“He was so full of wrath against grown-ups, who as usual, were spoiling everything, that as soon as he got inside his tree he breathed intentionally quick short breaths at the rate of about five to a second. He did this because there is a saying in the Neverland, that everytime you breathe, a grown-up dies; and Peter was killing them of vindictively as fast as possible.”

Don’t laugh. Leave your thoughts of Disney Hook at the door and imagine instead the debonair pirate, the ex-Eton schoolboy whose blue eyes turn red with murder, and shoots his followers for daring to laugh. Cold and brutal, he is single-minded in his determination to exact revenge on Pan. However, he has clear ideas of right and wrong, or good and bad form, that he adheres to until his death. He is eternally afraid of his loneliness and dies to the sound of the little shits he hates chanting that he is ‘old, alone and done for.’ Anyway, you kind of want Hook to shoot Pan, the little bastard.

Humbert Humbert.
‘Lolita’, Vladimir Nobakov.
“She was Lo, plain Lo, in the morning, standing four feet ten in one sock. She was Lola in slacks. She was Dolly at school. She was Dolores on the dotted line. But in my arms she was always Lolita.”

The antagonist, but also the narrating protagonist. But he simply can’t be the hero, this sick old man who marries a woman simply to be with a twelve year old child. Nobakov ensures that the reader is enmeshed in Humbert’s fantasies and delusions so that the reader can’t help but support him, but with the natural disgust and aversion that we should feel. You leave this book feeling ashamed. You become the villain just as much as Humbert.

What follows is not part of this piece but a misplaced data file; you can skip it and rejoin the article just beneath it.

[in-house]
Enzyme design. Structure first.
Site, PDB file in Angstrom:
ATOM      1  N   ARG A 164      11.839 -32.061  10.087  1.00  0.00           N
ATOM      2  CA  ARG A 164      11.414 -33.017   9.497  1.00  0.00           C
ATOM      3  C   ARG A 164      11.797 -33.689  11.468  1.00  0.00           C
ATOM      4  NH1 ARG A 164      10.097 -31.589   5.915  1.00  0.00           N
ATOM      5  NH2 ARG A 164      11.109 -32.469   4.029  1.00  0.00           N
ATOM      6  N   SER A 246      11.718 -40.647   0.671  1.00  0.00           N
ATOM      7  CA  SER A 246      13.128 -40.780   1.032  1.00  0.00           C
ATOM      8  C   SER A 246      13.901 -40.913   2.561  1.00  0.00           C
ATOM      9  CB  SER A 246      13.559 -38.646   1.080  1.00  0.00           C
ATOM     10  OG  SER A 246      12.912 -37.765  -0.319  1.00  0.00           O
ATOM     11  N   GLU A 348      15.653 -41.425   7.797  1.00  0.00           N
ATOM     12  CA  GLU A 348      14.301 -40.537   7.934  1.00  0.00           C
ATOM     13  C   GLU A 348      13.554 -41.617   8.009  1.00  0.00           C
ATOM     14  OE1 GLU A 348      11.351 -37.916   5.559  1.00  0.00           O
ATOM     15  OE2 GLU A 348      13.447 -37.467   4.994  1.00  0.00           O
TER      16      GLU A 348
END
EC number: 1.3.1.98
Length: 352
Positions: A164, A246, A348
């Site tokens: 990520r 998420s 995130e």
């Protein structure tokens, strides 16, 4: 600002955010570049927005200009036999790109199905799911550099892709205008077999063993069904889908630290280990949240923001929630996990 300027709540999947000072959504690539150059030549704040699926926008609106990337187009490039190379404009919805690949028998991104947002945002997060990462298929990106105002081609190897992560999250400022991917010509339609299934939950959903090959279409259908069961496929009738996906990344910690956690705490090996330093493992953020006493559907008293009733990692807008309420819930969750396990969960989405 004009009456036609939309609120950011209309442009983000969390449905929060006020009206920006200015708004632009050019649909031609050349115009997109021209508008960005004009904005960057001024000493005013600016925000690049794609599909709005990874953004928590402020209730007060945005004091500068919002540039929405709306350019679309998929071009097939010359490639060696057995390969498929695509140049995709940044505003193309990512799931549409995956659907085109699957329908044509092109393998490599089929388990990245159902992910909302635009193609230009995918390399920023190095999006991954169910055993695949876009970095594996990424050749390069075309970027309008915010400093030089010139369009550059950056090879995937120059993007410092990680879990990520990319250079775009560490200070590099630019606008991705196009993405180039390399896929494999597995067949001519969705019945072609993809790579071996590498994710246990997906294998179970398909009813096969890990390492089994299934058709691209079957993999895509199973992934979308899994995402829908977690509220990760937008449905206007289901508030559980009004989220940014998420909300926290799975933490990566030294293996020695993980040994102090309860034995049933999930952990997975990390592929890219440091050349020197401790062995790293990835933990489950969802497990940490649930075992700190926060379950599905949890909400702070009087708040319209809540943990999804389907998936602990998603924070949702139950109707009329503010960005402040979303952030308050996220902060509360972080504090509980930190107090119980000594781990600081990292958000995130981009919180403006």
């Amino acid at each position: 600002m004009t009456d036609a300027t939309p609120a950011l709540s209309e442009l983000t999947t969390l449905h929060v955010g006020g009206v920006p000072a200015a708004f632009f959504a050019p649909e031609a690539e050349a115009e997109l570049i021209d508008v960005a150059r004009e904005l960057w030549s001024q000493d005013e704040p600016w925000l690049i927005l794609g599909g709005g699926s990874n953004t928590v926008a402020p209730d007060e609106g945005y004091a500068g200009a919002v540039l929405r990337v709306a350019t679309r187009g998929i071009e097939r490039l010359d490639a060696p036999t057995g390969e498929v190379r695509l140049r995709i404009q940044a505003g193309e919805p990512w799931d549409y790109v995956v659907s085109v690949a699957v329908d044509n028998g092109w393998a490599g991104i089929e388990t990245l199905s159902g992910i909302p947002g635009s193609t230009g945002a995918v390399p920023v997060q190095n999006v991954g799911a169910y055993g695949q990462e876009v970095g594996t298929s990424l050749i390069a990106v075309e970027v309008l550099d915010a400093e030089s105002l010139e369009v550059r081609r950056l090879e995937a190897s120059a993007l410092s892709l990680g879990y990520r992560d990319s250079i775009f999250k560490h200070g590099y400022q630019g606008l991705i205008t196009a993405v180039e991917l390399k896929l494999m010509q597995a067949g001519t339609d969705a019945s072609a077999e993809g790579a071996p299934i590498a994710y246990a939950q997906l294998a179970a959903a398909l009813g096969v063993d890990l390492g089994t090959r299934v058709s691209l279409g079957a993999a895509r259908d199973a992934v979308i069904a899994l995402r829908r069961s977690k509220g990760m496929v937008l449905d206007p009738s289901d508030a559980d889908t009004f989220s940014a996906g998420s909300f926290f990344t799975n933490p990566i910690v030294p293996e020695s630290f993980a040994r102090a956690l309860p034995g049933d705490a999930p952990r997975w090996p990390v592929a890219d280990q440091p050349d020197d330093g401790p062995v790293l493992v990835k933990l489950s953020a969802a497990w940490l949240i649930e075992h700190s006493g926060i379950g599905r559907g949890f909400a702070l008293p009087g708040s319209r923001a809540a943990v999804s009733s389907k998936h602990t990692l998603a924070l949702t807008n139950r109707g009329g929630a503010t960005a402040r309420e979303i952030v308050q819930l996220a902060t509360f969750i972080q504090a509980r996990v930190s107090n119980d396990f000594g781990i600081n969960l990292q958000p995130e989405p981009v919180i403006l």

Miss Havisham.
Great Expectations, Charles Dickens.
‘Love her, love her, love her! If she favours you, love her. If she wounds you, love her. If she tears your heart to pieces- and as it gets older and stronger, it will tear deeper- love her, love her, love her!’

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Dear God, this character is a work of art. A woman rotting in a room still ready for the wedding she never had; scorned, with dust in her veil and a putrid wedding cake. She trains her adopted daughter to be a weapon, to hurt the world that hurt her with which she was so disappointed. How many of us wish we had that dedication? Poor Pip.

Satan.
Paradise Lost, Jonathan Milton.
“Tis better to reign in hell than serve in heaven!”

Last, but not least: Satan. I have read many articles outlining the impossibility that Milton intended Satan to be anything but the villain, but if you ask me it’s impossible. It is not possible to write a character as seductive as his Satan without intent. The tormented anti-hero fights against a dictator God, lashing out to hurt out of pain, only to be quashed with a snap of the Son’s fingers. His villainy is inspired, with such moments of humanity and desire for justice that God is rendered tedious in comparison. Perhaps it is to show our own capacity for sin, perhaps it was a mistake, but bravo Milton. All hail Satan.

All images sourced from Pinterest.